In realizing that February contained a conspicuously sparse amount of posting from myself, I am wanting to cover quite a few bands and artists, from various genres. So, here are some things that are happening.
First on the docket is Birmingham, Alabama native Maria Taylor. I’ve loved her voice since the days of Azure Ray, when I first heard “Safe and Sound” in my old 94 Dodge Caravan. Azure Ray’s Hold On Love was another strong release, but when Maria started releasing her own material on Saddle Creek, debuting with 11:11, her voice soared over crisp acoustics and electronic texturing (thanks to Conor Oberst, for his [ostensibly] only good contribution to music). On her newest effort, Lynn Teeter Flower (releasing on March 6 via Saddle Creek), Maria takes a step into a more organic zone — less electronic layering, and more guitars, enlisting the help of her siblings, Spoon’s Jim Eno, and some other crafty folk. While the album doesn’t entirely stand up to her prior release, the standout tracks feature her adoring vocal harmonies and sense of “shiver-worthy” chord progressions.
Mikey Die is a college kid at SUNY Purchase, for all that I’ve uncovered. However, he has four virtually flawless songs up on his Myspace page. I don’t know if I could say his riffs are those most intriguing, but he sure knows how to keep a soft spoken voice, and combine some very fluttery parallel harmonies with an anonymous female contributor. However, I could envision some practiced falsetto. Either way, worth a listen.
Ah, the cute and adorable Headlights. One of the few remaining American pop-indie acts that put out an amazing full length, Headlights. With Kill Them With Kindness (does anyone remember that charming skit in Wonder Showzen?), the Champaign, IL trio put out a wall of sound one can only describe as infectiously catchy and again, ‘shiver worthy’. My prime examples?
Headlights – Put Us Back Together (highly recommended)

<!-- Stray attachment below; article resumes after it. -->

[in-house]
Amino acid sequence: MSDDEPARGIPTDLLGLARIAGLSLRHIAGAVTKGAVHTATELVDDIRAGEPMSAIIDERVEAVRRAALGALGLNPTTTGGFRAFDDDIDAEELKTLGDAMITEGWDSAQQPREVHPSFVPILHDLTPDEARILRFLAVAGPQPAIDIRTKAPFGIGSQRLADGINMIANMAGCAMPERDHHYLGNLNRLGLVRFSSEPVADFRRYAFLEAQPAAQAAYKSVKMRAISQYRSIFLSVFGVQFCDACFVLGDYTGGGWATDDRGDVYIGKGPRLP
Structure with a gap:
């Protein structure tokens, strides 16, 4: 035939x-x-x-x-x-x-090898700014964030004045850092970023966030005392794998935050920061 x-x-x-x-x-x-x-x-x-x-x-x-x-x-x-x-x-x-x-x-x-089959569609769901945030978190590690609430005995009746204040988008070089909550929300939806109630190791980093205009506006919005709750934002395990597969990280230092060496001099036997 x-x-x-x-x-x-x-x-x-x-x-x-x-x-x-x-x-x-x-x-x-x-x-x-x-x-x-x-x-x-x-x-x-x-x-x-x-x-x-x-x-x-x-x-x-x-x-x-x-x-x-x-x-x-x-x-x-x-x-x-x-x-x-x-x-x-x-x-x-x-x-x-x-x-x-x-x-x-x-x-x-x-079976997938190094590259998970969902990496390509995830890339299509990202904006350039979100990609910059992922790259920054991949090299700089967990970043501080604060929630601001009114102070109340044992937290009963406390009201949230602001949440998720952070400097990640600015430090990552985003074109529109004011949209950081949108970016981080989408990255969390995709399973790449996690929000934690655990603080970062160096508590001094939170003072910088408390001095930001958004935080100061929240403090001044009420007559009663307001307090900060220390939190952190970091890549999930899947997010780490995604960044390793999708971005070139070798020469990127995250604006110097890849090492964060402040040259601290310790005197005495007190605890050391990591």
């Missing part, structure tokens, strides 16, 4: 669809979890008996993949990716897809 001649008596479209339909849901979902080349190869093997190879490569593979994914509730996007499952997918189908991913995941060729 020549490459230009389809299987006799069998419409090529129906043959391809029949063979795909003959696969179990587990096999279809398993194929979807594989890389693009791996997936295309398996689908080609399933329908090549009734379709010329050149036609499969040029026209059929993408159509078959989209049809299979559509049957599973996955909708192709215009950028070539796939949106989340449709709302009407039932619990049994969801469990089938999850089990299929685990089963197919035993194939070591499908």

Rankin Scroo hails from Jamaica, and has been producing urban reggae for some years. His new album, Godfada (Crucial Youth), features mostly throwaway tunes about being sort of a freeloader with liquor an’ bitches, but pay close attention to the songs “Lyrical Tongue” (available via MySpace) and “Bad Treatment”. Not only is his lyrical styling the most comprehensive of most modern reggae artists, but he seems to pay close attention to the musical details; he changes instrumentation, and makes clear distinctions between verse and chorus.
Last week, Suicide Squeeze released Interpretaciones del Oso, a remixed version of Minus the Bear’s 2005 release, Menos el Oso. The album includes remixes by members Blood Brothers, Pretty Girls Make Graves, and P.O.S. also makes an appearance. While Minus the Bear could’ve gone without this release, there are some definite keepers, such as “Drilling” and “Pachuca Sunrise”, which have already made their way around the aural snob society. In the end, all this album does is make me crave more original material from the Bear.
And that wraps up my Friday night. Tomorrow I will attempt to review albums from Marissa Nadler, Porugal the Man, and WinterKids.
— Nicholas J.